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Amazon NYC exit slams land prices

By AI HEPING/SCOTT REEVES/ZHANG RUINAN/KONG WENZHENG | China Daily | Updated: 2019-02-18 09:40
People protest Amazon's change to not open an office in New York on Friday. REUTERS

Long Island City's housing market would likely experience 'whiplash'

Activists and some politicians cheered Amazon's cancellation of its plan to build a second corporate headquarters in New York, but others said the decision will kill 25,000 new jobs, erode future tax revenue and make it difficult for the city to attract companies in the future.

The company said it will not relaunch a search for a second corporate headquarters to complement its existing office in Seattle: "We will proceed as planned in Northern Virginia and Nashville (Tennessee), and we will continue to hire and grow across our 17 corporate offices and tech hubs in the US and Canada."

Amazon cited opposition from some lawmakers as evidence that the company had no way of building "the types of relationships that are required to go forward with the project we and many others envisioned" in the Long Island City in the Queens borough of New York.

Three months ago, Amazon announced the project, part of a plan known as HQ2. City and state officials attracted the company with $3 billion in incentives. Amazon, which already employs 5,000 people in the city, had said it would spark 25,000 jobs, and the city said it would produce $27.5 billion in tax revenue over the next 25 years.

The incentives package stirred opposition to the use of public subsidies to attract a wealthy company. Even former New York mayor Michael Bloomberg, who had pushed the city as a tech center, said Amazon didn't need the incentives.

Others opposed the plan because they feared residents would face rising home prices and rents, and an overcrowded transportation system and schools.

But property developers, small businesses and others saw Amazon's project as a gold mine. After the deal was announced, prices for land, condos and coops and apartment rental rates shot up.

New York Governor Andrew Cuomo blamed a "small group of politicians" of putting political interests ahead of their constituents' needs.

New York City Mayor Bill de Blasio, who had supported HQ2, put the blame on Amazon for refusing to address local concerns.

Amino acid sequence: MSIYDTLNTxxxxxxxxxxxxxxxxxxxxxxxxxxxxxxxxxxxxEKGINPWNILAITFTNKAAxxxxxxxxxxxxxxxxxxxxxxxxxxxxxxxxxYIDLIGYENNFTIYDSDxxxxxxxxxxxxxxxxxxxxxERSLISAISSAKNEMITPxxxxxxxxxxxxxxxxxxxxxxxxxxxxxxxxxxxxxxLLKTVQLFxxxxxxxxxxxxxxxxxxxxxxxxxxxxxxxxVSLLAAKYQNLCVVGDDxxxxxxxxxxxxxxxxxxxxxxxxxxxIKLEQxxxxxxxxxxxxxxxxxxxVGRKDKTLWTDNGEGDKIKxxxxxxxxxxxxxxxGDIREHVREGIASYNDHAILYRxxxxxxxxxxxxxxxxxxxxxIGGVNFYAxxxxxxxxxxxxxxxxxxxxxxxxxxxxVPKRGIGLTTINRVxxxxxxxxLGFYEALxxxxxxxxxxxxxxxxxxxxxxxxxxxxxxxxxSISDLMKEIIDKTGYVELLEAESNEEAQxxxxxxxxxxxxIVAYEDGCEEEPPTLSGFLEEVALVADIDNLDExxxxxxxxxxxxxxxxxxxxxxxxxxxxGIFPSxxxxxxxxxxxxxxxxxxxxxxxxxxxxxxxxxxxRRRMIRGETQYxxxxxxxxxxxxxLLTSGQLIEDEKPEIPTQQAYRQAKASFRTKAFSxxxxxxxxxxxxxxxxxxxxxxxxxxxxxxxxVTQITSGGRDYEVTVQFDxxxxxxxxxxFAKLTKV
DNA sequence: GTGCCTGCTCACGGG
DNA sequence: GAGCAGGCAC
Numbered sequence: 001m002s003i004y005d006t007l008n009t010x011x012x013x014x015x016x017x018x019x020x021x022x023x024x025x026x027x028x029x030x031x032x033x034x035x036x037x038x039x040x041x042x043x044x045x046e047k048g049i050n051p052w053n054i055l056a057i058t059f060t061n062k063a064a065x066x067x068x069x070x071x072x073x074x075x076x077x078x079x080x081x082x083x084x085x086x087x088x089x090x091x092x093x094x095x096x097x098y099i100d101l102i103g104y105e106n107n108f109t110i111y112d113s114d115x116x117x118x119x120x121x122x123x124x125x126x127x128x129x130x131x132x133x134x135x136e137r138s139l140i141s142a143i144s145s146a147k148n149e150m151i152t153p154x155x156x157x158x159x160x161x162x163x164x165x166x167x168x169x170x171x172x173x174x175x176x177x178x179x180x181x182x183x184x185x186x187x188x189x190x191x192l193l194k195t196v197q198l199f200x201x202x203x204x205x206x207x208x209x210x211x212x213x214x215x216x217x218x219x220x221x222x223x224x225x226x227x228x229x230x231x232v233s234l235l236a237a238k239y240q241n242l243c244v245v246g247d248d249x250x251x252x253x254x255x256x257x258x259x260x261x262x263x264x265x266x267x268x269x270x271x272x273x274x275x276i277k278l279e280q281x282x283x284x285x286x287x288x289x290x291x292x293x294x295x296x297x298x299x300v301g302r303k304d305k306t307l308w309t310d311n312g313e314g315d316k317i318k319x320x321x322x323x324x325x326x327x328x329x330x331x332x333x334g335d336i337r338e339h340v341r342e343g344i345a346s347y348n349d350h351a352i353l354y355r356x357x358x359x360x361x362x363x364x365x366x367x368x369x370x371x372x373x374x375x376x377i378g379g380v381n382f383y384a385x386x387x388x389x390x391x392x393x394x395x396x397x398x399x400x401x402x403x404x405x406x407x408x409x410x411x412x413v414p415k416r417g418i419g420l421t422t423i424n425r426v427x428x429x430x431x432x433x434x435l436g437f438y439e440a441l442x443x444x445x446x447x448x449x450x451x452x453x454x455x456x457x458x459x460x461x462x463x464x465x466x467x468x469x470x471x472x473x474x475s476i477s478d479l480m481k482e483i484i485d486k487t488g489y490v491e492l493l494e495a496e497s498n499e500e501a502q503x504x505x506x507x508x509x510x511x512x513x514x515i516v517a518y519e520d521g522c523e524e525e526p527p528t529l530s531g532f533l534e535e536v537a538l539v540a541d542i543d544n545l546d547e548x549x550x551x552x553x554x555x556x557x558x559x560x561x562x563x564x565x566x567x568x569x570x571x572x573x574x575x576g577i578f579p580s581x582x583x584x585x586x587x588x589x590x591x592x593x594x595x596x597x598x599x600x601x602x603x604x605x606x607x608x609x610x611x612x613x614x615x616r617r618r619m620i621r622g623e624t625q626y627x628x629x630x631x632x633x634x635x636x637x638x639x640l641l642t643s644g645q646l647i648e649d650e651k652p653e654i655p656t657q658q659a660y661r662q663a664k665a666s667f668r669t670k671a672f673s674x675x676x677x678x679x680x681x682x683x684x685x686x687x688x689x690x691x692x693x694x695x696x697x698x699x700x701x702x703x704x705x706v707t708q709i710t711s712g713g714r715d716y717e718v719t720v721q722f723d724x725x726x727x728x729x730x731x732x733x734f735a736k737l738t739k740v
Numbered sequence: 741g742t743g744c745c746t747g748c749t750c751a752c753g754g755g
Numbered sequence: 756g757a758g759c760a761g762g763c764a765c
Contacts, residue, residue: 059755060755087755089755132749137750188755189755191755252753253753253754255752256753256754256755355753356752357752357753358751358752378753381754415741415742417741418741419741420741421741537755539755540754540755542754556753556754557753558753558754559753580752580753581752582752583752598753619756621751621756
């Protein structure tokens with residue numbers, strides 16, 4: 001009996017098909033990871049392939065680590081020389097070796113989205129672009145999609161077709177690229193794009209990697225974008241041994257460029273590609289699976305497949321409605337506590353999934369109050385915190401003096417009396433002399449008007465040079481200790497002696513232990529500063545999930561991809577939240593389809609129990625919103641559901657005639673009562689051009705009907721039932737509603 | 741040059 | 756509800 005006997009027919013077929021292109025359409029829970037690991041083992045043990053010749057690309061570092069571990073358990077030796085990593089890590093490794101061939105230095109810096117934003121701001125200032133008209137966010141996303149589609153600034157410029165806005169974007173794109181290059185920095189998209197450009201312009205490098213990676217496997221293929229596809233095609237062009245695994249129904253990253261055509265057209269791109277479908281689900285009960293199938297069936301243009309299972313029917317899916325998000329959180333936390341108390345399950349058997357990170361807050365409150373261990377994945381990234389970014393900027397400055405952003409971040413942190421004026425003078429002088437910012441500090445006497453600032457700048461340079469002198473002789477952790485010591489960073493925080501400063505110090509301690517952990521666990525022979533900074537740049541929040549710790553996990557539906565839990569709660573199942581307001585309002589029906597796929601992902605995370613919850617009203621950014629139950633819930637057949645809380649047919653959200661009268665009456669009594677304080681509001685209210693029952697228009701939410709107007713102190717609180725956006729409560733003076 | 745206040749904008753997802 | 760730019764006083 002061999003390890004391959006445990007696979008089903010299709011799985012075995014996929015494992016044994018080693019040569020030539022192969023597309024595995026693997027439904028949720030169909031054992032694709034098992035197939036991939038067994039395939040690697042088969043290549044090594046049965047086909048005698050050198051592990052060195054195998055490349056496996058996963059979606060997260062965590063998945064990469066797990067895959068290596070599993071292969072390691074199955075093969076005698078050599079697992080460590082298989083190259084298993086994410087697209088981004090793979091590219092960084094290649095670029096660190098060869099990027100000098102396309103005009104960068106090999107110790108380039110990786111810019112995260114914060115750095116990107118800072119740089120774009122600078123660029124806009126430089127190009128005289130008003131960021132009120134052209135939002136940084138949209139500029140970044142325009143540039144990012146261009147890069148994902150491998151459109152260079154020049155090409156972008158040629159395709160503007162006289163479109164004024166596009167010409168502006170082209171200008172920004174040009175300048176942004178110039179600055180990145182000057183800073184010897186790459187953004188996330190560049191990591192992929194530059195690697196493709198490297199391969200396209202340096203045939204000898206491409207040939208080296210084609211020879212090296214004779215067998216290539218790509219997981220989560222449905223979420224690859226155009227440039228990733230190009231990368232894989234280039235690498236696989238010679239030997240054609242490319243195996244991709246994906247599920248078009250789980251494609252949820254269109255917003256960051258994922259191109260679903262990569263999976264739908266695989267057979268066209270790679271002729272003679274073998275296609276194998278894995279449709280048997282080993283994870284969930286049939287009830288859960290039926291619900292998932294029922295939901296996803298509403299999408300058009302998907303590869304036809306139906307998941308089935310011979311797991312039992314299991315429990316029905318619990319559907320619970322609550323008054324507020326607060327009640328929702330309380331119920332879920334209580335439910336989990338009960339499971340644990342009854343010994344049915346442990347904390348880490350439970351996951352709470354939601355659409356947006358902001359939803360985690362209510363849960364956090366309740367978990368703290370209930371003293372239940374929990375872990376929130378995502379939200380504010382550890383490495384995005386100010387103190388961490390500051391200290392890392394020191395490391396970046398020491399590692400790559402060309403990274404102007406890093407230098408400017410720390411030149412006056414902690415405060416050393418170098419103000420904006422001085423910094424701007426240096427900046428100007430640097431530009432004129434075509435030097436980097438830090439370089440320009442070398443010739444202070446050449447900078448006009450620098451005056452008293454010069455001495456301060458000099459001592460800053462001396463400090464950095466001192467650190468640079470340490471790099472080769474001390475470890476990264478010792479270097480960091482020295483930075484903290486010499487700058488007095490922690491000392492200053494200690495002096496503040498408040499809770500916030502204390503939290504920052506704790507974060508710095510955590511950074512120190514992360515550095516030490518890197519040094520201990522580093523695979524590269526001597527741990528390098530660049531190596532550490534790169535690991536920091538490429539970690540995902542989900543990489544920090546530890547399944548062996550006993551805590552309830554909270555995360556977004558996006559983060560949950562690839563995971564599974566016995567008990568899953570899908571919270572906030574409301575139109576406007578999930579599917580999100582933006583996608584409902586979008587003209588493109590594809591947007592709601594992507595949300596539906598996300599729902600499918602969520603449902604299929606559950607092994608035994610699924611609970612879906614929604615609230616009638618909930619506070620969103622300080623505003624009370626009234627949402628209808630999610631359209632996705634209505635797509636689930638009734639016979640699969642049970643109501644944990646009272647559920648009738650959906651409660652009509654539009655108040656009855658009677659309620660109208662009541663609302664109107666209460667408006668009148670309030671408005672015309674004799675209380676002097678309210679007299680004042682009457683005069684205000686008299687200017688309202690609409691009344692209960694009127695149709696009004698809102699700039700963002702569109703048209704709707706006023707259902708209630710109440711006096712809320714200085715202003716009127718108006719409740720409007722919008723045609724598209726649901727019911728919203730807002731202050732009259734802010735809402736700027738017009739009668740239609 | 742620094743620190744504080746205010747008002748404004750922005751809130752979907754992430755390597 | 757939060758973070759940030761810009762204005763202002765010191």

Newly-elected US Representative Alexandria Ocasio-Cortez, whose congressional district borders the complex site, sees a victory for progressive politicians.

"Anything is possible: today was the day a group of dedicated, everyday New Yorkers & their neighbors defeated Amazon's corporate greed, its worker exploitation, and the power of the richest man in the world," Ocasio-Cortez wrote on Twitter.

Amazon's would-be boom for real estate agents, developers and speculators in Queens is now a bust.

"The reaction is shock," Justin Martinez, a real estate agent for Nest Seekers International, told China Daily on Friday. "The cancellation is terrible, it's extremely terrible for the area and New York City. A lot of potential tax revenue was lost because of political opposition. Any time you lose jobs, it's bad for the local community or city or state."

Martinez of Nest Seekers told China Daily that when Amazon announced it would build in Long Island City, a lot more developers wanted to buy land. "We know the land prices went up about 20 percent," he said.

Nancy Wu, an economic data analyst at StreetEasy, an online database of residential property listings and recorded sales in New York City, said Long Island City's housing market will likely experience "whiplash" because Amazon pulled out.

Scott Reeves, Zhang Ruinan and Kong Wenzheng in New York contributed to this story.

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